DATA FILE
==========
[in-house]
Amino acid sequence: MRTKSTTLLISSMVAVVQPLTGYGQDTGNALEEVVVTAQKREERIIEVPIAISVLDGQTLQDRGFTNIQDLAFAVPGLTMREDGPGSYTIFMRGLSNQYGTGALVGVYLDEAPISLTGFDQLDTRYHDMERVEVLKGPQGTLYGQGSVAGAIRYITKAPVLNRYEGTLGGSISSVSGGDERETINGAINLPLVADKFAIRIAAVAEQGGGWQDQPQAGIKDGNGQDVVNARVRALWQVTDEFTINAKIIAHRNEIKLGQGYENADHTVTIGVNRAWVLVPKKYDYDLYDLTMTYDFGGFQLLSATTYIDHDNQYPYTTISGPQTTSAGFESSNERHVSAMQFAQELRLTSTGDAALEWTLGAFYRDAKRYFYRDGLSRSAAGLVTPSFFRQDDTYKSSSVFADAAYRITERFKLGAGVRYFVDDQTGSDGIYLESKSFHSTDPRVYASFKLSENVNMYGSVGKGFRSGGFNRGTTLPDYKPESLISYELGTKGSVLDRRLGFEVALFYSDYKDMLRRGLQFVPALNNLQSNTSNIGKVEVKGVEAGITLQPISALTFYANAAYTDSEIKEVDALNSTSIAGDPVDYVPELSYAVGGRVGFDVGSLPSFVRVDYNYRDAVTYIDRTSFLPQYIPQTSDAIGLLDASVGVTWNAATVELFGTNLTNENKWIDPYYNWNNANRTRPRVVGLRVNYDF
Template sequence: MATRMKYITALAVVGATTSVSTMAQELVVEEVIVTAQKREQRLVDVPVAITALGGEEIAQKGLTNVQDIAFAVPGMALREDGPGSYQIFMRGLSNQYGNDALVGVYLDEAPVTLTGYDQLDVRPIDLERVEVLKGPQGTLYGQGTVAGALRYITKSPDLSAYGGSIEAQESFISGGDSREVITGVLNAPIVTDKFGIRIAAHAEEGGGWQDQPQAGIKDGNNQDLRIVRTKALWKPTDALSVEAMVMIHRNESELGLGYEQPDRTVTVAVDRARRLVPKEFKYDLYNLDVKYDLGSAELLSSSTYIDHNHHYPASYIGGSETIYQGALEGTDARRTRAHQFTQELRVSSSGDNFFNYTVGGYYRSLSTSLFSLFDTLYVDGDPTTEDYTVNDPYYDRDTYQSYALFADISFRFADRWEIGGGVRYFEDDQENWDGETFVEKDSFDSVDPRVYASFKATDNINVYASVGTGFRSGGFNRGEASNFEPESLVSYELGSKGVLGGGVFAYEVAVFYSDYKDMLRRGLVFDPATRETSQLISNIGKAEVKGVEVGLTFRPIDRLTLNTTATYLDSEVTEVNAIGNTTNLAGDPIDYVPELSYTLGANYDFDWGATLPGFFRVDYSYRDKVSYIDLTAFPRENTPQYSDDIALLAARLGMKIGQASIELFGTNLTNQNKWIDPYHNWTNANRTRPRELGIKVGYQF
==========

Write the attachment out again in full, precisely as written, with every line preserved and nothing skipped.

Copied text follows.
[in-house]
Amino acid sequence: MRTKSTTLLISSMVAVVQPLTGYGQDTGNALEEVVVTAQKREERIIEVPIAISVLDGQTLQDRGFTNIQDLAFAVPGLTMREDGPGSYTIFMRGLSNQYGTGALVGVYLDEAPISLTGFDQLDTRYHDMERVEVLKGPQGTLYGQGSVAGAIRYITKAPVLNRYEGTLGGSISSVSGGDERETINGAINLPLVADKFAIRIAAVAEQGGGWQDQPQAGIKDGNGQDVVNARVRALWQVTDEFTINAKIIAHRNEIKLGQGYENADHTVTIGVNRAWVLVPKKYDYDLYDLTMTYDFGGFQLLSATTYIDHDNQYPYTTISGPQTTSAGFESSNERHVSAMQFAQELRLTSTGDAALEWTLGAFYRDAKRYFYRDGLSRSAAGLVTPSFFRQDDTYKSSSVFADAAYRITERFKLGAGVRYFVDDQTGSDGIYLESKSFHSTDPRVYASFKLSENVNMYGSVGKGFRSGGFNRGTTLPDYKPESLISYELGTKGSVLDRRLGFEVALFYSDYKDMLRRGLQFVPALNNLQSNTSNIGKVEVKGVEAGITLQPISALTFYANAAYTDSEIKEVDALNSTSIAGDPVDYVPELSYAVGGRVGFDVGSLPSFVRVDYNYRDAVTYIDRTSFLPQYIPQTSDAIGLLDASVGVTWNAATVELFGTNLTNENKWIDPYYNWNNANRTRPRVVGLRVNYDF
Template sequence: MATRMKYITALAVVGATTSVSTMAQELVVEEVIVTAQKREQRLVDVPVAITALGGEEIAQKGLTNVQDIAFAVPGMALREDGPGSYQIFMRGLSNQYGNDALVGVYLDEAPVTLTGYDQLDVRPIDLERVEVLKGPQGTLYGQGTVAGALRYITKSPDLSAYGGSIEAQESFISGGDSREVITGVLNAPIVTDKFGIRIAAHAEEGGGWQDQPQAGIKDGNNQDLRIVRTKALWKPTDALSVEAMVMIHRNESELGLGYEQPDRTVTVAVDRARRLVPKEFKYDLYNLDVKYDLGSAELLSSSTYIDHNHHYPASYIGGSETIYQGALEGTDARRTRAHQFTQELRVSSSGDNFFNYTVGGYYRSLSTSLFSLFDTLYVDGDPTTEDYTVNDPYYDRDTYQSYALFADISFRFADRWEIGGGVRYFEDDQENWDGETFVEKDSFDSVDPRVYASFKATDNINVYASVGTGFRSGGFNRGEASNFEPESLVSYELGSKGVLGGGVFAYEVAVFYSDYKDMLRRGLVFDPATRETSQLISNIGKAEVKGVEVGLTFRPIDRLTLNTTATYLDSEVTEVNAIGNTTNLAGDPIDYVPELSYTLGANYDFDWGATLPGFFRVDYSYRDKVSYIDLTAFPRENTPQYSDDIALLAARLGMKIGQASIELFGTNLTNQNKWIDPYHNWTNANRTRPRELGIKVGYQF